Dr. Paul Lottes, a family medicine physician in Cedar Rapids, Iowa, has agreed to pay $100,000 to resolve allegations that he violated the Controlled Substances Act by writing prescriptions for opioid medications that had no legitimate medical purpose and were not issued in the usual course of professional practice.
The United States alleges that from August 2017 to April 2019, Dr. Lottes wrote prescriptions for opioids classified as Schedule II controlled substances for two patients that had no legitimate medical purpose and were not issued in the usual course of professional practice, in violation of the Controlled Substances Act.
In addition to agreeing to pay the $100,000 settlement, Dr. Lottes has also agreed not to reapply for a controlled substances registration with the Drug Enforcement Administration (“DEA”) for a period of three years. Without the DEA registration, Dr. Lottes will not be able to prescribe controlled substances during this time.
“Overprescribing is a major factor in the devastating opioid epidemic facing our country,” said U.S. Attorney Peter E. Deegan. “As this settlement demonstrates, our office is committed to using all available tools to fight this epidemic, including civil prosecution under the Controlled Substances Act.”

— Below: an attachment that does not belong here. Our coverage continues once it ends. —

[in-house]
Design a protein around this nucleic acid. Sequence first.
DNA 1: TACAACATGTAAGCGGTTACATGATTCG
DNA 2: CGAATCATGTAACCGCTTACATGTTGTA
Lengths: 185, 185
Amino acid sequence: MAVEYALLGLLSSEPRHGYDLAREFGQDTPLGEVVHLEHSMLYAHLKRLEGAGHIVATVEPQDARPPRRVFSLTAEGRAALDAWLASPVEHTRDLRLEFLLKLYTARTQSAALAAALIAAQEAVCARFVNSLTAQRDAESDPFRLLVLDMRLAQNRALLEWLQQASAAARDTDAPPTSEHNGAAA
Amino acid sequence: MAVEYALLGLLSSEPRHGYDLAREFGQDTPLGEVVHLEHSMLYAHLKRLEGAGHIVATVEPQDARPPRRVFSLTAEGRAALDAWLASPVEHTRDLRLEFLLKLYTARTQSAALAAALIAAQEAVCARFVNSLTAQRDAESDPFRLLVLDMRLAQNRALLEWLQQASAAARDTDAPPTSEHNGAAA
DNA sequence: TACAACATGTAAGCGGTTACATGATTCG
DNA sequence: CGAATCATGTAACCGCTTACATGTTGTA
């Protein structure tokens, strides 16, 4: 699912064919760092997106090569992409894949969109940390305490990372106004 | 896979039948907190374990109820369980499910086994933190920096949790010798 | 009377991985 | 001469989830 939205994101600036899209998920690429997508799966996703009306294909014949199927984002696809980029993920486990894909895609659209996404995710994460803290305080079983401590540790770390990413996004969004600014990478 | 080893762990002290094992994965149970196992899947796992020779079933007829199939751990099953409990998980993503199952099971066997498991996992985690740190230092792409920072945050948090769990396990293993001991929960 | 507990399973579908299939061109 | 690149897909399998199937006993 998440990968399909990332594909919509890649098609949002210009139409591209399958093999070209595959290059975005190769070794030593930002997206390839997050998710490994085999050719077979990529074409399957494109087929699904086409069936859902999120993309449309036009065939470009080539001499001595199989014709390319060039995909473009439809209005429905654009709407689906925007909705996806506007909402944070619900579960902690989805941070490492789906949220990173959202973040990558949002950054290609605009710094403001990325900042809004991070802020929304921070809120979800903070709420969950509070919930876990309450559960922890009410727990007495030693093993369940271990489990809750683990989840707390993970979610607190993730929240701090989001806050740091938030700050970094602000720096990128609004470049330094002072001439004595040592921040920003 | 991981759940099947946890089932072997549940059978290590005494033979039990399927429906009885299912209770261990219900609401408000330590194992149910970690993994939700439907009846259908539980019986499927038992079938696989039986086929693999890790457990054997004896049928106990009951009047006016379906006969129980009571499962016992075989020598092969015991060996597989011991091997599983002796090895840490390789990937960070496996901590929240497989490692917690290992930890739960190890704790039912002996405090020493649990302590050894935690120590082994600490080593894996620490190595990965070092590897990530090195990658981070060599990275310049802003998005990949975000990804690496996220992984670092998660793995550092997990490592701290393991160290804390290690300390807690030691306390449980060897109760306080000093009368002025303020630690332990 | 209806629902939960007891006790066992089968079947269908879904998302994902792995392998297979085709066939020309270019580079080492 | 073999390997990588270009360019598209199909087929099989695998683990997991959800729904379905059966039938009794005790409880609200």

“Doctors who prescribe controlled substances outside the bounds of professional practice betray their oaths as practitioners and also fail the patients who trust them for care,” DEA Omaha Division Diversion Program Manager Sarah Boblenz said. “DEA and its partners at the federal, state and local level will continue to investigate all practitioners who cause harm to the public and fuel the opioid epidemic.”
This matter was handled by Assistant U.S. Attorney Melissa Carrington and investigated by the State of Iowa’s Medicaid Fraud Control Unit and the DEA.
The claims resolved by this settlement are allegations only, and there has been no determination of liability.
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